It’s time to move on from the IPL scandal overkill
The IPL scam has become too much of a muchness, a media monomania which the viewership may be tiring of. The nation does want to know, as Times Now insists with the regularity of a cheap alarm clock, but does it really want to know this much about IPL and nothing much about anything else? Is the story really that revelatory? As Chhota Shakeel told the Times of India, “Koi nai baat to hai nahin!” He understands the public mind better than media managers.
Two former cabinet ministers who were recently relieved of their responsibilities have got a breather from this media whiteout. They did receive some attention from Zee News, which listed them as the UPA’s “phansane waala mantri”, along with A Raja, but the channel then deflated it all by clubbing Shashi Tharoor with them. Tharoor lost his portfolio for calling politicians cows, which the media and his fellow Twitterati do every other day. And recently, he has edited a book consisting of the unremarkable and wholly precedented thoughts of young MPs. But that is not a deadly sin.
Zee provided a welcome break from the cricket overkill, in which almost every channel is reprising the coverage of Anna Hazare’s movement. They try to elicit the same incantation from the public: sab chor hain. Everyone’s doing this number but Times Now deserves special mention. All six of its highlighted stories on Thursday, and all 14 on Friday, concerned IPL. The only serious distractions it faced this week were UPA-2’s birthday bash on Wednesday and the Heathrow closure on Friday.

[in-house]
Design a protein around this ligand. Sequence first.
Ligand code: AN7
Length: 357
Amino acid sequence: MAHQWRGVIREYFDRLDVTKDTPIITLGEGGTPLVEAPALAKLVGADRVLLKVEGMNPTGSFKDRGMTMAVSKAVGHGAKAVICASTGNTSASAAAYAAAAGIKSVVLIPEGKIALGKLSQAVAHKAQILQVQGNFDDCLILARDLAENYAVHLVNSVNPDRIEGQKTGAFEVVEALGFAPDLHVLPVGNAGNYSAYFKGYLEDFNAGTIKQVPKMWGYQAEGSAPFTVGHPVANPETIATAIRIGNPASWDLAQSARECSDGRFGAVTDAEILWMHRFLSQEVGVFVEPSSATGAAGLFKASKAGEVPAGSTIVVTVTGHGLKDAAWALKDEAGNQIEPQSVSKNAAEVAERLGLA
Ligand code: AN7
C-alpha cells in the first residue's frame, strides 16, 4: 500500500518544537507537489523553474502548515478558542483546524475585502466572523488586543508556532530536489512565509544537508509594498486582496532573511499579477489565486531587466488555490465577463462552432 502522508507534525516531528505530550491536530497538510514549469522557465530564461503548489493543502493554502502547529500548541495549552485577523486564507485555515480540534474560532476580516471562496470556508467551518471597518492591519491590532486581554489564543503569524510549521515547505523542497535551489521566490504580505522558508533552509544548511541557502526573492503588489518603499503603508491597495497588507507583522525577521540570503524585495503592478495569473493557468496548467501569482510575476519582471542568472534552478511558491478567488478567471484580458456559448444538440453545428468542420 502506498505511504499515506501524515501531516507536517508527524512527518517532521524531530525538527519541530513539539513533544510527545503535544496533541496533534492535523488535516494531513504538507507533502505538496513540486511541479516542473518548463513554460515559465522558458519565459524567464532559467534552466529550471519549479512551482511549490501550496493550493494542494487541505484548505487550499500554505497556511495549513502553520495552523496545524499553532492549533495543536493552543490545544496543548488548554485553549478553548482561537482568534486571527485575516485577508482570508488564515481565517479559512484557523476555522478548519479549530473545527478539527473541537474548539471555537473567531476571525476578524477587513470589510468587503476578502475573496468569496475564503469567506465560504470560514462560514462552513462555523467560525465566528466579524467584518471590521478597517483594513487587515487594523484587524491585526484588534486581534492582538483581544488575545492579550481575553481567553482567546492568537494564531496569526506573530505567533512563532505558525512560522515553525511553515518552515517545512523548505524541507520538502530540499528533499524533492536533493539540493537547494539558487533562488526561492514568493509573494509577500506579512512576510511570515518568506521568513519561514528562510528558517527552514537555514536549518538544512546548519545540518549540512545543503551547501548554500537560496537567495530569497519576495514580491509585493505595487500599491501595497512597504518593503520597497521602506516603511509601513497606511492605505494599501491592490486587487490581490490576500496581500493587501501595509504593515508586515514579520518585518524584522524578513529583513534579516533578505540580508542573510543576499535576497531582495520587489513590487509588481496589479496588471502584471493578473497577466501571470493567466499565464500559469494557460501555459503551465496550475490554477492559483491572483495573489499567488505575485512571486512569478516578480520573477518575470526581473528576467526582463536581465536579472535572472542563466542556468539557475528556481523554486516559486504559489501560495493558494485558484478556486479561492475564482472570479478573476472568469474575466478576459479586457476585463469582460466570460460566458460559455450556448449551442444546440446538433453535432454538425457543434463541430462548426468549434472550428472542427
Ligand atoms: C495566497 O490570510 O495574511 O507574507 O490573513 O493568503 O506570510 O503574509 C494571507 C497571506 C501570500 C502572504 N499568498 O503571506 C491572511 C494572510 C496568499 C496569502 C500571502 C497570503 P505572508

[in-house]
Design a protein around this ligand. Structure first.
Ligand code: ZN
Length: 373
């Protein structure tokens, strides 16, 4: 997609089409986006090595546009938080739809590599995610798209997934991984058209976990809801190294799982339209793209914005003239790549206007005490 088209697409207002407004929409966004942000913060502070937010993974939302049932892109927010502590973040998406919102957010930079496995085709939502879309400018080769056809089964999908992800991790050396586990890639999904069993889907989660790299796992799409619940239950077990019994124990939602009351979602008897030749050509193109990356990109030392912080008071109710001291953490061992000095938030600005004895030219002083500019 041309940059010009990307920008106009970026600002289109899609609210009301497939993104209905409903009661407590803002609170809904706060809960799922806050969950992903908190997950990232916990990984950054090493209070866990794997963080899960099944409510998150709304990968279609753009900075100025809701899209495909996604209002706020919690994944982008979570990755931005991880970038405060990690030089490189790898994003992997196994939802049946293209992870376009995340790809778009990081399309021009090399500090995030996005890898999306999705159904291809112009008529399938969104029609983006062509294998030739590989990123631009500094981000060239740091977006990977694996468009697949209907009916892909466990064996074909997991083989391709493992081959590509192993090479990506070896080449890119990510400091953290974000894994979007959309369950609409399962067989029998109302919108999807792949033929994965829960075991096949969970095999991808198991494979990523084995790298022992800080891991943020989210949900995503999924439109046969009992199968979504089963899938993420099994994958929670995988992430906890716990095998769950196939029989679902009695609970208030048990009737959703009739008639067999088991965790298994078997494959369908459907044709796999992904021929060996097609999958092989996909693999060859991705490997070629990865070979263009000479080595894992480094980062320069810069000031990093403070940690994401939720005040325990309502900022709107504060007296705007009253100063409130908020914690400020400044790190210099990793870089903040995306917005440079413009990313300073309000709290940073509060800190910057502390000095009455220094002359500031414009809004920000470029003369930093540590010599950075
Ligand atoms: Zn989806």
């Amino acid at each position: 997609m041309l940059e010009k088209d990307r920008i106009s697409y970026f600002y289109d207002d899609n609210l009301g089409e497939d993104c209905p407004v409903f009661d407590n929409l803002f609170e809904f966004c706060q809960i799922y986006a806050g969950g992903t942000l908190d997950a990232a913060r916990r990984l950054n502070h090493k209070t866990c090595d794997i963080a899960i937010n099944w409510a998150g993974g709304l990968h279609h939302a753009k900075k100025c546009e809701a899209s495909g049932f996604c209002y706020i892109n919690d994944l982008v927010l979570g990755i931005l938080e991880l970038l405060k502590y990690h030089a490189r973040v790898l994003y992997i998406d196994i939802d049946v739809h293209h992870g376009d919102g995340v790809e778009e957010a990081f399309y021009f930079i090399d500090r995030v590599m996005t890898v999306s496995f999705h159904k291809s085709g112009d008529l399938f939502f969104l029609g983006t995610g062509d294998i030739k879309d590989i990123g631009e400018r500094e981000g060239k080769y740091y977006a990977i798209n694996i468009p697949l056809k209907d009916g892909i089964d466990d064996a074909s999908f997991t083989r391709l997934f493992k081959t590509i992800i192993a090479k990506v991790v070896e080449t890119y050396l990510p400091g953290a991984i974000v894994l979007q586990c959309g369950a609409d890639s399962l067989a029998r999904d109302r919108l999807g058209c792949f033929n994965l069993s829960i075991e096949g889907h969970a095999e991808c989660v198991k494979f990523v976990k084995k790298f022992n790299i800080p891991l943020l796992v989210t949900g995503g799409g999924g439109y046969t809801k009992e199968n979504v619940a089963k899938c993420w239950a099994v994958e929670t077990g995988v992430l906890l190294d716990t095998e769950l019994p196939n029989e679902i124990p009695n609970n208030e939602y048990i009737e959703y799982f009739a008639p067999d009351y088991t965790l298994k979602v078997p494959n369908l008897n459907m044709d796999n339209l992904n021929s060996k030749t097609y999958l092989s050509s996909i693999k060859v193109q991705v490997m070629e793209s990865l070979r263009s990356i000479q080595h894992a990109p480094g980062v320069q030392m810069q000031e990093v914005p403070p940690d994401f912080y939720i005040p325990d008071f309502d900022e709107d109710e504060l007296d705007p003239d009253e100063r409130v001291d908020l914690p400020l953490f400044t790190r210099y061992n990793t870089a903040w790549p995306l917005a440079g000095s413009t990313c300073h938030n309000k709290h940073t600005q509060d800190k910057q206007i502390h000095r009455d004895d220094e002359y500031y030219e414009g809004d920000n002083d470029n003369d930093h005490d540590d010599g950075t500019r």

Everything cricket now seems to be news, even when it has nothing to do with the game. But one story that Times Now stayed with doggedly was actually important, concerning the long-standing need for police reform. A turf war between the police in Mumbai and Delhi had broken out when the latter was denied a request to share the evidence found in Sreesanth’s hotel room.